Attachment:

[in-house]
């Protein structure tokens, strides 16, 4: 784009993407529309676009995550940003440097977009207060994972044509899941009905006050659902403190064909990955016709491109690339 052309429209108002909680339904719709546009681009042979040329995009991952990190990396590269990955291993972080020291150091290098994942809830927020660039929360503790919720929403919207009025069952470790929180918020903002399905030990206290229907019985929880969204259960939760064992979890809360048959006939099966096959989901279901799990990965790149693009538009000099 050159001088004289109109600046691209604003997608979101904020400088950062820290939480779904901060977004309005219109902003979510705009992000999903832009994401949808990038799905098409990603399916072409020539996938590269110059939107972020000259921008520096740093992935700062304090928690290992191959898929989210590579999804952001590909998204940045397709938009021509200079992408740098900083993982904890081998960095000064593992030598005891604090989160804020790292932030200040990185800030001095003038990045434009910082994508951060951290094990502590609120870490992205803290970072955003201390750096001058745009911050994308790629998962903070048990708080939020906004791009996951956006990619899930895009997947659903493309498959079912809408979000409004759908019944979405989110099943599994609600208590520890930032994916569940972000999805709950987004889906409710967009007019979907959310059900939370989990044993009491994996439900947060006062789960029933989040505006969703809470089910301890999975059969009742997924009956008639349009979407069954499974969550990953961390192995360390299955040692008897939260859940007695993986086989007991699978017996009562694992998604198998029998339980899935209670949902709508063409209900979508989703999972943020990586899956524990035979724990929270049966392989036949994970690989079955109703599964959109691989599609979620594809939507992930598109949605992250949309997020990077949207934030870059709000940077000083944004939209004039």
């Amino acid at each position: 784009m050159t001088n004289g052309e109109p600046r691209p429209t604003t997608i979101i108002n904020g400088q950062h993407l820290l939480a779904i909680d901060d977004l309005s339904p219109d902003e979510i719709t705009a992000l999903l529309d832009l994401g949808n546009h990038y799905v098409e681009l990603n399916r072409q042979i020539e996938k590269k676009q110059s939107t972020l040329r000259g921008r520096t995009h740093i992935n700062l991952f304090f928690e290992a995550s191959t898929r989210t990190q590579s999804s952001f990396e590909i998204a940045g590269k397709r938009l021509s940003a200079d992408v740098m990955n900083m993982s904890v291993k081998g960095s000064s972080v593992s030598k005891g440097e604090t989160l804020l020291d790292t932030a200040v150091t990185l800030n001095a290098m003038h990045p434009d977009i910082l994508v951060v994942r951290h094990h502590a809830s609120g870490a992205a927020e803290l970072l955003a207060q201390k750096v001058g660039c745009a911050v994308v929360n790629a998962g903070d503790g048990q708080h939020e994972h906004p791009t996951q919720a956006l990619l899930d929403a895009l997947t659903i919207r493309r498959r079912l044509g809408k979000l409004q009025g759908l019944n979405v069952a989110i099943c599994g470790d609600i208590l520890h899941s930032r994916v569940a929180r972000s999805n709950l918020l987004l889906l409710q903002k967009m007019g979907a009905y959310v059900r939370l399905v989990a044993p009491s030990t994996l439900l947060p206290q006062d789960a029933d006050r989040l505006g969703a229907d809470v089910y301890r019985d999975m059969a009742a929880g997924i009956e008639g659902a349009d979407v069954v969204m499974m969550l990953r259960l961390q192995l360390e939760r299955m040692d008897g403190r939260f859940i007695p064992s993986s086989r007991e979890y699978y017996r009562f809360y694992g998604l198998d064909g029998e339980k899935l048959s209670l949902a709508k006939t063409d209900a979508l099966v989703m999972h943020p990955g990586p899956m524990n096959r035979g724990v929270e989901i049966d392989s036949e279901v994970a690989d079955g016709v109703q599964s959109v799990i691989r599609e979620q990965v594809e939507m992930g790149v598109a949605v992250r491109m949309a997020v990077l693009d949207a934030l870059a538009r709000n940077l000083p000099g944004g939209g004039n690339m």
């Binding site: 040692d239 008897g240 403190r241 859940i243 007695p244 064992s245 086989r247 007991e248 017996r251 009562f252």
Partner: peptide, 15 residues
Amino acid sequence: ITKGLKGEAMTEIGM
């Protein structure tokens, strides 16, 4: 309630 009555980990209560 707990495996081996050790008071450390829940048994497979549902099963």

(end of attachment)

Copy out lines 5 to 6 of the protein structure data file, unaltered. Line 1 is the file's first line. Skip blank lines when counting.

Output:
Partner: peptide, 15 residues
Amino acid sequence: ITKGLKGEAMTEIGM